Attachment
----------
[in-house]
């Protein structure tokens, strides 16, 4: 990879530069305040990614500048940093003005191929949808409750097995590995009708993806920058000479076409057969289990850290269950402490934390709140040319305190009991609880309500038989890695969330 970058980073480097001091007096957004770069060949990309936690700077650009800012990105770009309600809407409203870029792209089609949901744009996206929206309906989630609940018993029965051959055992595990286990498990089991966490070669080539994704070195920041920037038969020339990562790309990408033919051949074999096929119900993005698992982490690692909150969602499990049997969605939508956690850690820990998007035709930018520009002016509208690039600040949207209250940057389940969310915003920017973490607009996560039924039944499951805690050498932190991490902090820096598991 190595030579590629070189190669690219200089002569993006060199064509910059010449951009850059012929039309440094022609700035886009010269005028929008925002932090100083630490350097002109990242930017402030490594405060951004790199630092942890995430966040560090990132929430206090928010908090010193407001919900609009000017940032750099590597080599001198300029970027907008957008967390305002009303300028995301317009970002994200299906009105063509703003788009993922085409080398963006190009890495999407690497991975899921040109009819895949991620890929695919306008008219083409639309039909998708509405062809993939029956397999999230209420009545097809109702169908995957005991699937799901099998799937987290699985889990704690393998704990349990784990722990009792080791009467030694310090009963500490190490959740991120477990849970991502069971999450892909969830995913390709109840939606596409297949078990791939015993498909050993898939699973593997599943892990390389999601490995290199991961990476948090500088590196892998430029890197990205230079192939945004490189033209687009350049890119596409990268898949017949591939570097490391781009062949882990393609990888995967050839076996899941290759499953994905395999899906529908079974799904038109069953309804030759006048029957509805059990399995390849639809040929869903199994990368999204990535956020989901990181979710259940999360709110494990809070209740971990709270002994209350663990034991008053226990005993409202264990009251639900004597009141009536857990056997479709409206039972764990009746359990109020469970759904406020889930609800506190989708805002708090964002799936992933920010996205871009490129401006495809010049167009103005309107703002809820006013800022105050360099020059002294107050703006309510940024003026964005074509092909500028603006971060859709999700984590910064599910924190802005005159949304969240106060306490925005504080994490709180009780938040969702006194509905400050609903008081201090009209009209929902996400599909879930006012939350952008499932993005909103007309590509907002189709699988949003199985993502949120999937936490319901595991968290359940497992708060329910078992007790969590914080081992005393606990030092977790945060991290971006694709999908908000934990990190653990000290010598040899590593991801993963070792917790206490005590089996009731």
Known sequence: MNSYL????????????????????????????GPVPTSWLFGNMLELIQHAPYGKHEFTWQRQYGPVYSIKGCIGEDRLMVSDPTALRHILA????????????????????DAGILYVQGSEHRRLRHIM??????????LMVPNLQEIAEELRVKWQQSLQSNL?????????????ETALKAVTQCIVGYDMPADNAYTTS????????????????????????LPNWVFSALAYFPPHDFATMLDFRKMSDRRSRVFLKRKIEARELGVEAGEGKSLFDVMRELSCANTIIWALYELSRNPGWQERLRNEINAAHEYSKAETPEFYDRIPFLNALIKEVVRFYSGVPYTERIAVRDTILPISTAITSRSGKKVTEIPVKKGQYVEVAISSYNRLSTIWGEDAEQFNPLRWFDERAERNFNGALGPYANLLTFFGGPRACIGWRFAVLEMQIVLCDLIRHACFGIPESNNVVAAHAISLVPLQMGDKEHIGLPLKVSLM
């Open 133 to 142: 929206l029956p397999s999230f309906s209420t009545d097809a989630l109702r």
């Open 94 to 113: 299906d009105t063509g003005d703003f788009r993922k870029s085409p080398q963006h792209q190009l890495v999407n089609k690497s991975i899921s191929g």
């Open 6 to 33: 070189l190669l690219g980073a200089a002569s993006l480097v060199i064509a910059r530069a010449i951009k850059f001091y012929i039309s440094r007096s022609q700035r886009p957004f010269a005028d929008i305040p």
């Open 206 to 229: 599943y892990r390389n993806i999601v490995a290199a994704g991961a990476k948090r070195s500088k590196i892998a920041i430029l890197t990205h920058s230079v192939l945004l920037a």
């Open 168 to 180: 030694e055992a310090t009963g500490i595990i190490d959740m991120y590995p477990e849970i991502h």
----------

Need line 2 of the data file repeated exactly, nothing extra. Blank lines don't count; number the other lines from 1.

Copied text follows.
């Protein structure tokens, strides 16, 4: 990879530069305040990614500048940093003005191929949808409750097995590995009708993806920058000479076409057969289990850290269950402490934390709140040319305190009991609880309500038989890695969330 970058980073480097001091007096957004770069060949990309936690700077650009800012990105770009309600809407409203870029792209089609949901744009996206929206309906989630609940018993029965051959055992595990286990498990089991966490070669080539994704070195920041920037038969020339990562790309990408033919051949074999096929119900993005698992982490690692909150969602499990049997969605939508956690850690820990998007035709930018520009002016509208690039600040949207209250940057389940969310915003920017973490607009996560039924039944499951805690050498932190991490902090820096598991 190595030579590629070189190669690219200089002569993006060199064509910059010449951009850059012929039309440094022609700035886009010269005028929008925002932090100083630490350097002109990242930017402030490594405060951004790199630092942890995430966040560090990132929430206090928010908090010193407001919900609009000017940032750099590597080599001198300029970027907008957008967390305002009303300028995301317009970002994200299906009105063509703003788009993922085409080398963006190009890495999407690497991975899921040109009819895949991620890929695919306008008219083409639309039909998708509405062809993939029956397999999230209420009545097809109702169908995957005991699937799901099998799937987290699985889990704690393998704990349990784990722990009792080791009467030694310090009963500490190490959740991120477990849970991502069971999450892909969830995913390709109840939606596409297949078990791939015993498909050993898939699973593997599943892990390389999601490995290199991961990476948090500088590196892998430029890197990205230079192939945004490189033209687009350049890119596409990268898949017949591939570097490391781009062949882990393609990888995967050839076996899941290759499953994905395999899906529908079974799904038109069953309804030759006048029957509805059990399995390849639809040929869903199994990368999204990535956020989901990181979710259940999360709110494990809070209740971990709270002994209350663990034991008053226990005993409202264990009251639900004597009141009536857990056997479709409206039972764990009746359990109020469970759904406020889930609800506190989708805002708090964002799936992933920010996205871009490129401006495809010049167009103005309107703002809820006013800022105050360099020059002294107050703006309510940024003026964005074509092909500028603006971060859709999700984590910064599910924190802005005159949304969240106060306490925005504080994490709180009780938040969702006194509905400050609903008081201090009209009209929902996400599909879930006012939350952008499932993005909103007309590509907002189709699988949003199985993502949120999937936490319901595991968290359940497992708060329910078992007790969590914080081992005393606990030092977790945060991290971006694709999908908000934990990190653990000290010598040899590593991801993963070792917790206490005590089996009731």